House DFL leaders plan to bring a bill to legalize gay marriage to the full floor on Thursday, expressing confidence that they have secured votes to pass the proposal in the chamber.
The vote in the House will come just six months after voters rejected a proposed constitutional amendment to ban gay marriage. House Speaker Paul Thissen has repeatedly said he would not bring the bill to the floor until he has the necessary 68 votes to pass the measure. The Senate is expected to take up the bill after the House, with Senate Majority Leader Tom Bakk expressing confidence in its passage there. DFL Gov. Mark Dayton, a strong supporter of gay marriage, has said he will sign the bill if it reaches his desk.
Shortly after the announcement, anti-amendment campaign-turned lobbying group Minnesotans United for all Families called the upcoming vote “a historic victory for thousands of same-sex couples and families in our state.” “We are confident that the necessary votes to extend the freedom to marry for same-sex couples have been secured and that HF1054 will pass the House floor,” said Minnesotans United campaign manager Richard Carlbom.
The votes have been the most difficult to secure in the House chamber, where there appears to be little support from the 21 Republican lawmakers who live in districts that rejected the amendment last fall. So far no Republicans members in the House have committed to voting yes on gay marriage. With 56 DFL House members living in districts that rejected the gay marriage ban, the attention has been turned on the 17 rural Democrats whose districts supported the proposed amendment, some by margins of higher than 60 percent. At least seven swing district or rural Democrats are on the record as planning to vote yes, bringing the known DFL total to 63 votes, but many more have said they are undecided or refused to comment on their upcoming vote.
The difficulty surrounding the vote for those members was highlighted Monday when a former Crow Wing County Republican Party leader announced a recall effort on DFL Rep. Joe Radinovich, a freshman lawmaker from Crosby who announced his plans to vote yes on gay marriage late last week.
“While I understand that some people may interpret that as me bucking public opinion, I think it’s also important to remember that there are gay people who were born and raised in my community and live in my community right now,” Radinovich said this week. “It’s hard to justify denying rights to people solely for the sake of political expediency.”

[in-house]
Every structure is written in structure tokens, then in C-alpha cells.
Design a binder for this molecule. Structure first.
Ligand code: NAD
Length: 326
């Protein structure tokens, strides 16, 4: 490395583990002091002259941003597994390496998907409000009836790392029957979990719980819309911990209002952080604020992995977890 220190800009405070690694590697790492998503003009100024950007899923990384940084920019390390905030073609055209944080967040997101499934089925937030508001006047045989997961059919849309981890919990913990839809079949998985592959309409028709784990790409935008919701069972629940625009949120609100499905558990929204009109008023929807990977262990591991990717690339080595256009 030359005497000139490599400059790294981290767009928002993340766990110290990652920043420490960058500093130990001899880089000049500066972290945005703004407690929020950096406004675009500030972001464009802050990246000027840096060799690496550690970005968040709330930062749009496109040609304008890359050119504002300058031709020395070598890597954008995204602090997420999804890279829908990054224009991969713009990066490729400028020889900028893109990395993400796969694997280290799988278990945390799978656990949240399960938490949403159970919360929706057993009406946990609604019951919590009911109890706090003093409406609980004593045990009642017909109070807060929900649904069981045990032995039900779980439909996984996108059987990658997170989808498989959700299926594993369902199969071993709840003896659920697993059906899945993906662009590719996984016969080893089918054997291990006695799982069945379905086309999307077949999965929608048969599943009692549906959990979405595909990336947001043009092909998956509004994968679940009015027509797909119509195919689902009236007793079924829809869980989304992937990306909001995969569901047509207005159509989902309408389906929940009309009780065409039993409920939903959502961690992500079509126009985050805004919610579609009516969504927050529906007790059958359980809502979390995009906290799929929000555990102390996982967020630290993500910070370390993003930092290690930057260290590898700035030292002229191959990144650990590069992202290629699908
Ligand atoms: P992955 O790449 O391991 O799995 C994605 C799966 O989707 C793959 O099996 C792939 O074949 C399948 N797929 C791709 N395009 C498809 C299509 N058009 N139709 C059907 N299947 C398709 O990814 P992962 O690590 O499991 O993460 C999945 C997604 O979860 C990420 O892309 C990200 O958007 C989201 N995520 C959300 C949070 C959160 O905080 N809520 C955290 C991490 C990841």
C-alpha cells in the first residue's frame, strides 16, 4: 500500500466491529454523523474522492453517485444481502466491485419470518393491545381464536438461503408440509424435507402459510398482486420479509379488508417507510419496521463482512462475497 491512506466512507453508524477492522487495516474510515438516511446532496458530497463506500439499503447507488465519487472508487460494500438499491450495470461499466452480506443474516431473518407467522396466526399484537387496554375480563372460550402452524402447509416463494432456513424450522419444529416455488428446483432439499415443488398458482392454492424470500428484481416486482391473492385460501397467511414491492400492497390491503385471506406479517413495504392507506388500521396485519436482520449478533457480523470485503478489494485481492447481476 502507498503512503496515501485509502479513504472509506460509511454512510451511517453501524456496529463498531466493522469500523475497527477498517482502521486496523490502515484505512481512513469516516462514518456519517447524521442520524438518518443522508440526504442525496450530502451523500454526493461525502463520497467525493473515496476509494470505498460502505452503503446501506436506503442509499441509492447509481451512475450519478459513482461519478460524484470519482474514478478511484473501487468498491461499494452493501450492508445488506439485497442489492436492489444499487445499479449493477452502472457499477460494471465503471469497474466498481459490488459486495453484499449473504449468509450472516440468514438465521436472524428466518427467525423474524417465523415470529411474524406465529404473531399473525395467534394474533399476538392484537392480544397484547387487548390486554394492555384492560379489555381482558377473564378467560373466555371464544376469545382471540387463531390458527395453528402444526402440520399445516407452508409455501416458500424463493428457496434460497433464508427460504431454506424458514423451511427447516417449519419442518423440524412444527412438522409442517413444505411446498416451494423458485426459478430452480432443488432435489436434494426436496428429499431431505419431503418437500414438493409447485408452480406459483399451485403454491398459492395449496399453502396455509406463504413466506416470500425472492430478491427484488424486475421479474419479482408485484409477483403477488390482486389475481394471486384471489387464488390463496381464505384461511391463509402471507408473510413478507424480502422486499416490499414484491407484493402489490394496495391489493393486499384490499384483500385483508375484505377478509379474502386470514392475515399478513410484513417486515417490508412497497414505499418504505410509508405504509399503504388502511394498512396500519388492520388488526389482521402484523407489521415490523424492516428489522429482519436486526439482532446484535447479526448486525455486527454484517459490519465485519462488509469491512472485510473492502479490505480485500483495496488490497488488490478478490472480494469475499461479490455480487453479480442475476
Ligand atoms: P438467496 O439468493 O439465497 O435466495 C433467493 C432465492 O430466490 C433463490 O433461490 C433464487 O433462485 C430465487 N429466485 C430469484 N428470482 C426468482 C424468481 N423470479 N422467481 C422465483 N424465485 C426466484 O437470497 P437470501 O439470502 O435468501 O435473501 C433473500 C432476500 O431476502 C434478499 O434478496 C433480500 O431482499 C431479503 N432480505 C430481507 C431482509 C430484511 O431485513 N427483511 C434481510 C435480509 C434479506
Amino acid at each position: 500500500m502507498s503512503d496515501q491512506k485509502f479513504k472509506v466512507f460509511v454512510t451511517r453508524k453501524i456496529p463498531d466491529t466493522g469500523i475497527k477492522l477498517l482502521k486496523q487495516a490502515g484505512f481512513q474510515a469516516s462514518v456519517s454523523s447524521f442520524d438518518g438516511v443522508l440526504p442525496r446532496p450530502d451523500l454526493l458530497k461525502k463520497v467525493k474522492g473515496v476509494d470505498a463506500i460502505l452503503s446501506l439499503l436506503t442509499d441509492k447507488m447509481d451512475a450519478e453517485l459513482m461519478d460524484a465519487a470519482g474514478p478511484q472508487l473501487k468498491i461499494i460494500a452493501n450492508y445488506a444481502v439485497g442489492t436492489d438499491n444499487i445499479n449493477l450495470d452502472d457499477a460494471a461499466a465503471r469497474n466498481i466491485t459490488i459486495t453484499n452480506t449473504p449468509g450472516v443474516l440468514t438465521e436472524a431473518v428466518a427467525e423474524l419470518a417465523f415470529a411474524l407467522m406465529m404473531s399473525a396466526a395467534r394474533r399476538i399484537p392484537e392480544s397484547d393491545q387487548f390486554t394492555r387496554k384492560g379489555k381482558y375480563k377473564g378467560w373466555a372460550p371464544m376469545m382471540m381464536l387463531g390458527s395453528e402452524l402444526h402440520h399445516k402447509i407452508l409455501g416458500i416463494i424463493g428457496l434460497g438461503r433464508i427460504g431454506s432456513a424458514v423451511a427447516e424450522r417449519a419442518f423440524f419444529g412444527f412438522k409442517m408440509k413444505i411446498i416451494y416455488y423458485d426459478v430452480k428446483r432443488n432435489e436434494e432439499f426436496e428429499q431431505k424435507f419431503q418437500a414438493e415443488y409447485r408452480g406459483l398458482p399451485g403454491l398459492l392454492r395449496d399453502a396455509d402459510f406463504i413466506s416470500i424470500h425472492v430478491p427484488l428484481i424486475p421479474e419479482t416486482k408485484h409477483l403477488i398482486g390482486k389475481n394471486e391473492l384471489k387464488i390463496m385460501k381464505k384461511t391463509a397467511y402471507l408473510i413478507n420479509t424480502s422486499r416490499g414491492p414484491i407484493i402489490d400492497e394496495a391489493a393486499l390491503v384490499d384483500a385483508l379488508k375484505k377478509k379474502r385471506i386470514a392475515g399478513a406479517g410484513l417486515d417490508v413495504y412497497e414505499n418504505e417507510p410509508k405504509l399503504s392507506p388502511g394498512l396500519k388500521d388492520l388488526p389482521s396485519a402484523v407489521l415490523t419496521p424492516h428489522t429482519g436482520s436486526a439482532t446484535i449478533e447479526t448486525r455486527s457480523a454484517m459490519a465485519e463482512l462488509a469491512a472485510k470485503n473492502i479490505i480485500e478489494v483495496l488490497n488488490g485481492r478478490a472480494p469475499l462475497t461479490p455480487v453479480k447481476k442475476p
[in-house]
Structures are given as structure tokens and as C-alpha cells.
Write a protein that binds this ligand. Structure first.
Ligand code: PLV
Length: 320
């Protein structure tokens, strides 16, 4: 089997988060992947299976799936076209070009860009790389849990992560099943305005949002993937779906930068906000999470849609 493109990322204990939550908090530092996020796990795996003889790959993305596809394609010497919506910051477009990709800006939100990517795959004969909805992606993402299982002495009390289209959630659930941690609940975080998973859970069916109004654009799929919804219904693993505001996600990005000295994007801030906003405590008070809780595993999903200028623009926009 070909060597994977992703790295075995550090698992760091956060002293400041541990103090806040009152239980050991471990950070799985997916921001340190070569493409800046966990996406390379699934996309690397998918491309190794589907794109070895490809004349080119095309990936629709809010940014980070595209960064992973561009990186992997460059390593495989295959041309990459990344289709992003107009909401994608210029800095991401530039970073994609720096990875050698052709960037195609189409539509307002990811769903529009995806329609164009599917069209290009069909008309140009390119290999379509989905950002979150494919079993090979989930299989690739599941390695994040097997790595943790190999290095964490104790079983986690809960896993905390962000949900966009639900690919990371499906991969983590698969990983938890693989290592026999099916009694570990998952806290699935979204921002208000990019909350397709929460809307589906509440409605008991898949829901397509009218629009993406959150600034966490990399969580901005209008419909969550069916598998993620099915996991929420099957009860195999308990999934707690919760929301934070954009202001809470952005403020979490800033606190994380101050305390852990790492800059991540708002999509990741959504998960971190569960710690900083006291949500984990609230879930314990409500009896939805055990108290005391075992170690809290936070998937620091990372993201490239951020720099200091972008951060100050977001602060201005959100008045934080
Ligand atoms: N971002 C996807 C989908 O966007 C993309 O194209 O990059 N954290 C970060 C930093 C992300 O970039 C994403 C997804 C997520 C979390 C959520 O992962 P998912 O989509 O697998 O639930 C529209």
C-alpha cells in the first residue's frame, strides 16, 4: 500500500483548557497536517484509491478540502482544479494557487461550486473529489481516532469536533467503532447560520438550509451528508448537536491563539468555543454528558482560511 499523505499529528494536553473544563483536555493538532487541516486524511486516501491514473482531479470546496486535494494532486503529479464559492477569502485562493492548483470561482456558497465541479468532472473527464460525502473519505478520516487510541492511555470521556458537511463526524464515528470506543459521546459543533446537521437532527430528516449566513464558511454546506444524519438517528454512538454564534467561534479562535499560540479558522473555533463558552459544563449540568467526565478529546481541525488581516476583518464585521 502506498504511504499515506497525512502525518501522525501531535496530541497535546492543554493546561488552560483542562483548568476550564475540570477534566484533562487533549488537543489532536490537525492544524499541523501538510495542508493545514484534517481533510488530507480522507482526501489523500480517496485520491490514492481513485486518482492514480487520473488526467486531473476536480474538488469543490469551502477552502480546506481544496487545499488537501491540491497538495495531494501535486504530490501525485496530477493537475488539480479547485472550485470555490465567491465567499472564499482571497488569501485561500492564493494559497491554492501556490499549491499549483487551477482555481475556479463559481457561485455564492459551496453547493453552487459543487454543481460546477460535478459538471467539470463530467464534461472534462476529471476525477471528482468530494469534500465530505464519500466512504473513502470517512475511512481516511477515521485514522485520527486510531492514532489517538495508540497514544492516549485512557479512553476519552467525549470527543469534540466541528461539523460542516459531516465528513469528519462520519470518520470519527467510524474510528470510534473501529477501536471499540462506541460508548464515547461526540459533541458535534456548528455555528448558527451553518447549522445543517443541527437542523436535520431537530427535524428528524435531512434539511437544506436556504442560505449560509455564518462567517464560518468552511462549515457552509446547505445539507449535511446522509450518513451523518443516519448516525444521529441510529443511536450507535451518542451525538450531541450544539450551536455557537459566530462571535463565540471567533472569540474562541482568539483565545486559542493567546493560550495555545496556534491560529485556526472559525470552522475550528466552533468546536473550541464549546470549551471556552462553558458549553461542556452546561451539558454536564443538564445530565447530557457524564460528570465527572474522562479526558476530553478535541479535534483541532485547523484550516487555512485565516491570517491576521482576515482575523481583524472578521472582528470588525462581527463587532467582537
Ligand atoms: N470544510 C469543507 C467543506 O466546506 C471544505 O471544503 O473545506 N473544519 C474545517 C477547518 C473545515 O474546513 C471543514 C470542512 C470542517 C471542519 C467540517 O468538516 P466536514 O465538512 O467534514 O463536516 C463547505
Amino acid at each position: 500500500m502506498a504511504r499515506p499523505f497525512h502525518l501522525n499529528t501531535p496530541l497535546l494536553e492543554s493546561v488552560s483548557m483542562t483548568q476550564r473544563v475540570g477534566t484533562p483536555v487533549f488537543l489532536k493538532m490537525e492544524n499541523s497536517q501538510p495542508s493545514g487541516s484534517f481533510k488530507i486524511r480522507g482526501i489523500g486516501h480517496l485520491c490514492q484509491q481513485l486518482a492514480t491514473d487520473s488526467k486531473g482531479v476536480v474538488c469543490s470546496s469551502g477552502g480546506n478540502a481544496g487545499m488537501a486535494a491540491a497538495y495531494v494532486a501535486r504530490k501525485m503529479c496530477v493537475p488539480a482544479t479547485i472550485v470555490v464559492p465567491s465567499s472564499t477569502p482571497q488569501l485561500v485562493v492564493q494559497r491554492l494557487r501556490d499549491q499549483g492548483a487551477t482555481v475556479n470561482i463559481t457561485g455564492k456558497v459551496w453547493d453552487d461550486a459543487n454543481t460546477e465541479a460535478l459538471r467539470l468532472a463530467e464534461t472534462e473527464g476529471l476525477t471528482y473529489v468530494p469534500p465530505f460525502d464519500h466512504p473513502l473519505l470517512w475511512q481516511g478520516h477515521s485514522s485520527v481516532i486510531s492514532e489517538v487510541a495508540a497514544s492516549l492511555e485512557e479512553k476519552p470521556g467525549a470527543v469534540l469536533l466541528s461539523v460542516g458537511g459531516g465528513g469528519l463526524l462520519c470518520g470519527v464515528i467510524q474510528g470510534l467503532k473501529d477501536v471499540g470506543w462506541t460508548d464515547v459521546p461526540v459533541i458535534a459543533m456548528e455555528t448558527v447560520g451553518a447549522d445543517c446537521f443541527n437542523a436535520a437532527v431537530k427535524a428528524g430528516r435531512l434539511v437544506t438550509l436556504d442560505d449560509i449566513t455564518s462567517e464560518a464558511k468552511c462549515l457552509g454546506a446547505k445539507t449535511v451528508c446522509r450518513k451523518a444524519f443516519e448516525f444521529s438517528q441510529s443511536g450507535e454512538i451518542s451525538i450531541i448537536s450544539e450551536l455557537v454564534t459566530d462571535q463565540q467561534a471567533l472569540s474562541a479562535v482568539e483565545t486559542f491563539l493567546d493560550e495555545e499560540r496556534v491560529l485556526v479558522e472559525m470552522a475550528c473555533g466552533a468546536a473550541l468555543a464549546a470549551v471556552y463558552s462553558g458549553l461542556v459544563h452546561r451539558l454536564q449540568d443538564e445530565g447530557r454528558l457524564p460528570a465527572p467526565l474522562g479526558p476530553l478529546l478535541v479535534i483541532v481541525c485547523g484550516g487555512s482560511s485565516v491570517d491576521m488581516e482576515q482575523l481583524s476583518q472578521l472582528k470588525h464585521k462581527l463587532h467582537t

Doug Kern, who is leading the notoriously difficult recall effort, said Radinovich is knowingly voting against the will of the people he represents. “Our area is so conservative, and for Joe to do this, it’s just like a slap in the face to us,” Kern said.
There are other Democrats who would prefer to wait until a non budget year to take up the gay marriage bill. “There is next session,” Winona DFL Rep. Gene Pelowski said this week. “By that time the budget issues should not only be resolved but Minnesota should be in a position to reinvest once again in improving our quality of life.” Pelowski, however, would not say how he plans to vote when the bill comes to the floor.
Below is a survey of swing district DFLers, plus those 17 members who live in districts that voted for the amendment:
There are several amendments being prepped for the debate on Thursday, including one from Red Wing GOP Rep. Tim Kelly to allow civil unions in the state. Kelly, along with four other Republican House members and Rochester DFL Rep. Kim Norton, introduced a bill earlier this session to insert the words “or civil unions” alongside any mention of the word marriage in statute. But Kelly recently amended that proposal to remove the world marriage from statute all together, after gay marriage advocates complained that his original proposal didn’t go far enough. Gay rights groups oppose Kelly’s amendment.
The announcement came as House and Senate members gave the bill it’s final hearing in fiscal committees. Lawmakers reviewed a new fiscal note on the bill that projects gay marriage will cost the state about $688,000 a year to provide health insurance benefits to spouses of state employees. The proposal is also projected to generate about $10,000 in revenue annually through collections from marriage license fees.